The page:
At a sometimes heated town meeting, residents from Forest Hills and Rego Park let local elected officials know that they have had it up to here with the litter and doggie doo on their sidewalks. One resident said that she has been complaining to the Department of Sanitation for eight years and nothing has changed.
There are few communities in Queens that do not share the frustration voiced at this meeting. But the public should think twice before asking the city government to solve this problem. This is a local problem that is best solved on the local level without the heavy hand of government.
In the previous administration, the Department of Sanitation held local merchants accountable for even the smallest piece of litter found in front of their stores. The tickets were costly and abusive. Businesses were held responsible for keeping the sidewalks clean. But no storeowner should be held accountable for candy wrappers discarded by people passing in front of the store. It would be equally unfair to make a homeowner pay for litter dropped by people waiting for a bus at a bus stop that just happened to be located near his or her house.
The problem is that catching the actual litterbug is extremely difficult. These pigs may be ignorant, but they are probably not stupid enough to drop their trash in front of a sanitation cop. Much as we'd like to see the litterbugs get ticketed, it isn't likely to happen. Likewise, at a time when the city is trying to rein in a massive municipal budget, the cost of creating an army of street cleaners makes would be excessive.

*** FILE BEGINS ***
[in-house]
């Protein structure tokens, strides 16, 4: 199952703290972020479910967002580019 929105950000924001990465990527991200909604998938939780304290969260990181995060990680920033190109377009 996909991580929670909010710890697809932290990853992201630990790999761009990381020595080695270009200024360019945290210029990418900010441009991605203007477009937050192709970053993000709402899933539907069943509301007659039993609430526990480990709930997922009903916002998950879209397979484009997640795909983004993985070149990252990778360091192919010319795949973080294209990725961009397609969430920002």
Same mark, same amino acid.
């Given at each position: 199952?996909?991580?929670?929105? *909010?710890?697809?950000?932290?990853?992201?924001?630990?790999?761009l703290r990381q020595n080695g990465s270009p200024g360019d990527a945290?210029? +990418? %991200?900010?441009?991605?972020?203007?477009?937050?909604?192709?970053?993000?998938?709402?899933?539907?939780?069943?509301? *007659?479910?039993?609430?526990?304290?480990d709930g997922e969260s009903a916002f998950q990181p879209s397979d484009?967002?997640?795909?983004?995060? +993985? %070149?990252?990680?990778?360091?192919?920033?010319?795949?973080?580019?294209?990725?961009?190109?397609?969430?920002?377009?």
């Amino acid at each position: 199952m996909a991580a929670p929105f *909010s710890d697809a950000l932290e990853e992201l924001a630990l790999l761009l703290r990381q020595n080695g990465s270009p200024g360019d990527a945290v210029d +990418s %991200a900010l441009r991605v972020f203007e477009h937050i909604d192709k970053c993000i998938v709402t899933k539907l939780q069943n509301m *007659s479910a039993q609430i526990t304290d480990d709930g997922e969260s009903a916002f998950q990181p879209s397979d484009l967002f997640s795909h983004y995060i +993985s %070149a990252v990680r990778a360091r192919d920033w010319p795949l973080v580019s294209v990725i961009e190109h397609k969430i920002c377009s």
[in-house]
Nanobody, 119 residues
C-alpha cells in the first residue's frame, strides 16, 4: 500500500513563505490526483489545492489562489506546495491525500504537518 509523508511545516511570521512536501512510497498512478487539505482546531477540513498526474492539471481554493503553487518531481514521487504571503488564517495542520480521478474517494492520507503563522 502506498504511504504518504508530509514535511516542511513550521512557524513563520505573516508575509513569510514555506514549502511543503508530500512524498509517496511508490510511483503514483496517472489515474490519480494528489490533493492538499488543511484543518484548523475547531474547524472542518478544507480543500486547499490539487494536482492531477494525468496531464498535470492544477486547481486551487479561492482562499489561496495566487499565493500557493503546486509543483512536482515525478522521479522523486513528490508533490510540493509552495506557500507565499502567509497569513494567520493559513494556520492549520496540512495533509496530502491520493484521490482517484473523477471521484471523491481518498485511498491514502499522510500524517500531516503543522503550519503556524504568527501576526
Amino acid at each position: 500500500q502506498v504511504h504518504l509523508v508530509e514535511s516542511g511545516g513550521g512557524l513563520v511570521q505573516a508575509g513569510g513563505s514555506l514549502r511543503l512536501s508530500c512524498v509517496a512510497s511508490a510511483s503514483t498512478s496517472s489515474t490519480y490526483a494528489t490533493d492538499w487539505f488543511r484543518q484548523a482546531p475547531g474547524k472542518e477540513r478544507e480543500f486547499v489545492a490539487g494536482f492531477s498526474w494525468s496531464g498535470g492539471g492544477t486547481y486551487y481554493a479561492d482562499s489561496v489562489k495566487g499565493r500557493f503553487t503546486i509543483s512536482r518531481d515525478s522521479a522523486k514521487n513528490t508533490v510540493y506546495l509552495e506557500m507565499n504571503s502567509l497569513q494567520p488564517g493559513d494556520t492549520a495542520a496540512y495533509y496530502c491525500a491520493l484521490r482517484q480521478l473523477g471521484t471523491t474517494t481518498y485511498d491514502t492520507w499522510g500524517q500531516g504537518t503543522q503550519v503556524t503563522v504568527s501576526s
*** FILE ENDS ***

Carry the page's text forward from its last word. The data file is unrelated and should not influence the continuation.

The solution to this problem must come from within the community. There are large cities where throwing litter on the street is practically unheard of. The people who live in these cities would not tolerate such selfishness and should not be tolerated here.
Adults should not hesitate to confront children and other adults who carelessly throw trash on the sidewalk. This can be done with a simple, "We're trying to keep our sidewalk clean. Would you please pick up your trash and put it where it belongs." Parents should make certain that their children understand that littering is unacceptable behavior.
The next step is not likely to be popular. Communities may have to organize their own street cleaning. Merchants associations, block associations, churches, schools and scouts can all become part of the solution. This may be time-consuming at first, but following the "broken windows" principle, it should get easier. As the street becomes cleaner, people will be far less likely to litter.
Another possibility is to adopt the strategy used by the Giuliani administration to keep highways clean. Businesses could adopt an entire block, putting up the small amount of money each week to keep it clean.
This is not likely to sit well with the people who are pointing their fingers at the Department of Sanitation. Nevertheless, the truth is that this is a problem caused by the community that can only be solved by the community.
©1999 Community News Group
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